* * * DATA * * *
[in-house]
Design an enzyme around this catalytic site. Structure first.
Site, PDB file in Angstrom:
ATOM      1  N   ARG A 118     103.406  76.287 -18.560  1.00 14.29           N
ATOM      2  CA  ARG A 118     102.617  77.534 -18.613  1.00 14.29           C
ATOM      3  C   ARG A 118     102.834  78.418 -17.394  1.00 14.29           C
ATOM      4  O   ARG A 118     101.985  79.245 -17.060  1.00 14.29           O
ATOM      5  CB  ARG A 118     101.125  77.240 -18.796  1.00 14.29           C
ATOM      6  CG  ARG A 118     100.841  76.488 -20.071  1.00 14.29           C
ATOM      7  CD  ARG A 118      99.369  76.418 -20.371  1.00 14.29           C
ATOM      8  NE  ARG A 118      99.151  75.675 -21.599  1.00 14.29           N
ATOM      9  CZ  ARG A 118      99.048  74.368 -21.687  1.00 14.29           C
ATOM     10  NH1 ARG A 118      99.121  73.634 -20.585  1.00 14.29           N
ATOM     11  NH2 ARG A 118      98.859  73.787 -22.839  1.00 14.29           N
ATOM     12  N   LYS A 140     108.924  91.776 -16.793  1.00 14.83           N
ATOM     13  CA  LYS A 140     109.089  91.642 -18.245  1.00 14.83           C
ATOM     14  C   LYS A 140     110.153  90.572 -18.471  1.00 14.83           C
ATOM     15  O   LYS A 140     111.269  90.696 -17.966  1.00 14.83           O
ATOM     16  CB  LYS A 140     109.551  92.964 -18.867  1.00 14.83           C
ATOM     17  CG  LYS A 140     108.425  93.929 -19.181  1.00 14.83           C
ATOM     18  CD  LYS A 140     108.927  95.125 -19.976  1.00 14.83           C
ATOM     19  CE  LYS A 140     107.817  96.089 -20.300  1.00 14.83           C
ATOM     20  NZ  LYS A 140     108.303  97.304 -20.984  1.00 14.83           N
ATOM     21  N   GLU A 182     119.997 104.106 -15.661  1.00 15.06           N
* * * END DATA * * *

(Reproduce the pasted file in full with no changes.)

[in-house]
Design an enzyme around this catalytic site. Structure first.
Site, PDB file in Angstrom:
ATOM      1  N   ARG A 118     103.406  76.287 -18.560  1.00 14.29           N
ATOM      2  CA  ARG A 118     102.617  77.534 -18.613  1.00 14.29           C
ATOM      3  C   ARG A 118     102.834  78.418 -17.394  1.00 14.29           C
ATOM      4  O   ARG A 118     101.985  79.245 -17.060  1.00 14.29           O
ATOM      5  CB  ARG A 118     101.125  77.240 -18.796  1.00 14.29           C
ATOM      6  CG  ARG A 118     100.841  76.488 -20.071  1.00 14.29           C
ATOM      7  CD  ARG A 118      99.369  76.418 -20.371  1.00 14.29           C
ATOM      8  NE  ARG A 118      99.151  75.675 -21.599  1.00 14.29           N
ATOM      9  CZ  ARG A 118      99.048  74.368 -21.687  1.00 14.29           C
ATOM     10  NH1 ARG A 118      99.121  73.634 -20.585  1.00 14.29           N
ATOM     11  NH2 ARG A 118      98.859  73.787 -22.839  1.00 14.29           N
ATOM     12  N   LYS A 140     108.924  91.776 -16.793  1.00 14.83           N
ATOM     13  CA  LYS A 140     109.089  91.642 -18.245  1.00 14.83           C
ATOM     14  C   LYS A 140     110.153  90.572 -18.471  1.00 14.83           C
ATOM     15  O   LYS A 140     111.269  90.696 -17.966  1.00 14.83           O
ATOM     16  CB  LYS A 140     109.551  92.964 -18.867  1.00 14.83           C
ATOM     17  CG  LYS A 140     108.425  93.929 -19.181  1.00 14.83           C
ATOM     18  CD  LYS A 140     108.927  95.125 -19.976  1.00 14.83           C
ATOM     19  CE  LYS A 140     107.817  96.089 -20.300  1.00 14.83           C
ATOM     20  NZ  LYS A 140     108.303  97.304 -20.984  1.00 14.83           N
ATOM     21  N   GLU A 182     119.997 104.106 -15.661  1.00 15.06           N